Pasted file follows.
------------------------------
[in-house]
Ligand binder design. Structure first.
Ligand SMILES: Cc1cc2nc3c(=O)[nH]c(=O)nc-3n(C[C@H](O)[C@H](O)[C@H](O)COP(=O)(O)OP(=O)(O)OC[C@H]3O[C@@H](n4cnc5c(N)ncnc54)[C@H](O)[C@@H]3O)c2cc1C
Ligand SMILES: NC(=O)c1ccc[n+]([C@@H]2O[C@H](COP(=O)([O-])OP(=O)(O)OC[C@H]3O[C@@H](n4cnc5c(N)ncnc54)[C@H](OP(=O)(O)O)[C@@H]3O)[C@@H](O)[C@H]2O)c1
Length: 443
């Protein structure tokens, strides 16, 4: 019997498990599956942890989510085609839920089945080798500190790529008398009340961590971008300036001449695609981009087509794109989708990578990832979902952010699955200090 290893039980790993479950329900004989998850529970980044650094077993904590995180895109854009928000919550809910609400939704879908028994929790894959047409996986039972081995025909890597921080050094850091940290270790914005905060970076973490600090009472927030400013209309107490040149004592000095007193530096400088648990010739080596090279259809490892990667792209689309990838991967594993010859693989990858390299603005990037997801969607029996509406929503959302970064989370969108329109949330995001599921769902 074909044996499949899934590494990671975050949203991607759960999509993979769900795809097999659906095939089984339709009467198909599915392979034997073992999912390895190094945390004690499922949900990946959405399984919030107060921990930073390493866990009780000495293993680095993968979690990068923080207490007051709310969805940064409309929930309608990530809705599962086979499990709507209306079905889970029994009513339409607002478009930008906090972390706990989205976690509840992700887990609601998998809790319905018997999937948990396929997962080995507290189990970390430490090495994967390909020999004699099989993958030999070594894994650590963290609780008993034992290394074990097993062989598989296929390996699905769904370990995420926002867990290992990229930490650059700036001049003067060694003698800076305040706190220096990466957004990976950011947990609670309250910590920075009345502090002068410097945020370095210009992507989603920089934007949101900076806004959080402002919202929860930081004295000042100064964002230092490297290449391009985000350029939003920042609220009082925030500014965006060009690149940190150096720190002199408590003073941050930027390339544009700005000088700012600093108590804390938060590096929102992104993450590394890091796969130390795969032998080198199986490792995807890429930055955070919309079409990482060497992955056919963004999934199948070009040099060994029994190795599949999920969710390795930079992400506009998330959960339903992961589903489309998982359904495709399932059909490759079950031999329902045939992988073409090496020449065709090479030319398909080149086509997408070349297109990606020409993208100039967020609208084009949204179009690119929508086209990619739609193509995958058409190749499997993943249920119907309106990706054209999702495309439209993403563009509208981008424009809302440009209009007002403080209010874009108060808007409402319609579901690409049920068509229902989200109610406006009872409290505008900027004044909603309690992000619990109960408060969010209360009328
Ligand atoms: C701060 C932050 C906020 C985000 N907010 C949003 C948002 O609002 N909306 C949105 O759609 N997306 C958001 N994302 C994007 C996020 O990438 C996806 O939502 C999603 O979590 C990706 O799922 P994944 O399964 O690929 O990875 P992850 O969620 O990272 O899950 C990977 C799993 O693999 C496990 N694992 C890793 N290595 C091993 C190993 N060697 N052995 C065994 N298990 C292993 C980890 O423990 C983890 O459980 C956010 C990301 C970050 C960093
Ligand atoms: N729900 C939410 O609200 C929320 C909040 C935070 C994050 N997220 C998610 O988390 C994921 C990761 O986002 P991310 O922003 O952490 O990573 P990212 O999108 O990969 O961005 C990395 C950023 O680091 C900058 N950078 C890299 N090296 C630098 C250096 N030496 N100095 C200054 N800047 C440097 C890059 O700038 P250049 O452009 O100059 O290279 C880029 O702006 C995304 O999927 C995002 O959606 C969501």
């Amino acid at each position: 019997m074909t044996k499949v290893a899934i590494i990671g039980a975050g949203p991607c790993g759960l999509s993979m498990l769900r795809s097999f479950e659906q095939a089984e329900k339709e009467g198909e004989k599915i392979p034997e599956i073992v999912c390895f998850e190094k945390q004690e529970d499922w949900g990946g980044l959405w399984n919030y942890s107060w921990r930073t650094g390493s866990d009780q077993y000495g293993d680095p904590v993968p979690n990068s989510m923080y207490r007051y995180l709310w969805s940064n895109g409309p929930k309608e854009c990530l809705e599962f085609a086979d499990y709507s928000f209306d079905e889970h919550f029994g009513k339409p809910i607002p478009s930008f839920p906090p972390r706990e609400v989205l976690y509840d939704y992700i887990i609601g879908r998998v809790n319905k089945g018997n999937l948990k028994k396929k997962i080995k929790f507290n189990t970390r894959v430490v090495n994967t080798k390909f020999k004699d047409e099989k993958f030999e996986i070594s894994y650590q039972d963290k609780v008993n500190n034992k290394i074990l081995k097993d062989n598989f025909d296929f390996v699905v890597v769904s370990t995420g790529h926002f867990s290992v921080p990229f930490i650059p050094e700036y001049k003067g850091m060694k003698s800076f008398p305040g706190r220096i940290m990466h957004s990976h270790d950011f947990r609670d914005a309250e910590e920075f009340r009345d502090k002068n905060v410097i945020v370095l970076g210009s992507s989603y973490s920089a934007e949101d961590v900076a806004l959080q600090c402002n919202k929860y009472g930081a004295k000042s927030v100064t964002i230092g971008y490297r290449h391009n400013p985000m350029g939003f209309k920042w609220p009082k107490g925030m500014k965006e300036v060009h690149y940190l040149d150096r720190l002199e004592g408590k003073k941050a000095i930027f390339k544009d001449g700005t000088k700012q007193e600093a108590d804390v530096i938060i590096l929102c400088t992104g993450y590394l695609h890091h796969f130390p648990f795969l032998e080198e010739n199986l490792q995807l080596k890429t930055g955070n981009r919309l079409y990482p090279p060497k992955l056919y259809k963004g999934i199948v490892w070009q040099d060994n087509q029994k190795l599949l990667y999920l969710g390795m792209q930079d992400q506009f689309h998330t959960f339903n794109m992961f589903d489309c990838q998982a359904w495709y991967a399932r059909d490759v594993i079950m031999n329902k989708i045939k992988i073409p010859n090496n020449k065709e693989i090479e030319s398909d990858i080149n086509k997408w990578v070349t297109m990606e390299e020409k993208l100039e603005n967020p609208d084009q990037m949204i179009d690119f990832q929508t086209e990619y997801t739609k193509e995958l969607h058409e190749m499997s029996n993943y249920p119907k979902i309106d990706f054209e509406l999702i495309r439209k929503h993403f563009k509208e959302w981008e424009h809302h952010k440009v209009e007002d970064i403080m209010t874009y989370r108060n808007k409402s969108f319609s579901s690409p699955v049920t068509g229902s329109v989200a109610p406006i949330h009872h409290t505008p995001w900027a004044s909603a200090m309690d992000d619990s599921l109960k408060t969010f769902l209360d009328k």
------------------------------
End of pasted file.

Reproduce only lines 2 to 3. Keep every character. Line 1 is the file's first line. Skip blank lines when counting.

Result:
Ligand binder design. Structure first.
Ligand SMILES: Cc1cc2nc3c(=O)[nH]c(=O)nc-3n(C[C@H](O)[C@H](O)[C@H](O)COP(=O)(O)OP(=O)(O)OC[C@H]3O[C@@H](n4cnc5c(N)ncnc54)[C@H](O)[C@@H]3O)c2cc1C